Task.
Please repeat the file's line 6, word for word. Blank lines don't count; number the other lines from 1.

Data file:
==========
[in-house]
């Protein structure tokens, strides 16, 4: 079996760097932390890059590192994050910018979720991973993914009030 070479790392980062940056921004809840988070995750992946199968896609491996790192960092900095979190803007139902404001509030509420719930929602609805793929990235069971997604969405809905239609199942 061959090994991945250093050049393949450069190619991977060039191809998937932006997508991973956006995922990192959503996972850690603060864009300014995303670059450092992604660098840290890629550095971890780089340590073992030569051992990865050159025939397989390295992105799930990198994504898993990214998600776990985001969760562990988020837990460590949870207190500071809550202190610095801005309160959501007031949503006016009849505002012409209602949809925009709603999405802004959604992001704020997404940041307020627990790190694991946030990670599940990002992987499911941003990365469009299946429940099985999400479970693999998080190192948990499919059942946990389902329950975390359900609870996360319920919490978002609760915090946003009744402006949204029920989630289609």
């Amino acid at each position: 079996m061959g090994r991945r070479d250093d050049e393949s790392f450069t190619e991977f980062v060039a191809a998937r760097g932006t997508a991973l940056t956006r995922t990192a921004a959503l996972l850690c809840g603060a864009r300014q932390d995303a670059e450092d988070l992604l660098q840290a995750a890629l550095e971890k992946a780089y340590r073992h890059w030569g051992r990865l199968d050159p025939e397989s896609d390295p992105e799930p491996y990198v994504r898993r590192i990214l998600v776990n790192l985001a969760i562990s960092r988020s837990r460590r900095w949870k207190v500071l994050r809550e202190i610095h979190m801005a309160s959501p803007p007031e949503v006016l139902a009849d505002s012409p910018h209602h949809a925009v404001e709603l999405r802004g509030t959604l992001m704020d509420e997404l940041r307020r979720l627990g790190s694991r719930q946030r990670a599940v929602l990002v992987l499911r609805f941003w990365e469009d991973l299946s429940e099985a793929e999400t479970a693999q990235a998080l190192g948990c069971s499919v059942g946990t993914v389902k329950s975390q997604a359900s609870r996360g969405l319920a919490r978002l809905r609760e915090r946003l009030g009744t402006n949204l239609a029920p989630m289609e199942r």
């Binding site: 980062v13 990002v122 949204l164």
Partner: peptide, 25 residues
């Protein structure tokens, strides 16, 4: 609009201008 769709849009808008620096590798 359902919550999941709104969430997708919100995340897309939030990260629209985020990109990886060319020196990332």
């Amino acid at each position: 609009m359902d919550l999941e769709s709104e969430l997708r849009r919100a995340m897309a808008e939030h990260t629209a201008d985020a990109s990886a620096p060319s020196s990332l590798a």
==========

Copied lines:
């Protein structure tokens, strides 16, 4: 609009201008 769709849009808008620096590798 359902919550999941709104969430997708919100995340897309939030990260629209985020990109990886060319020196990332």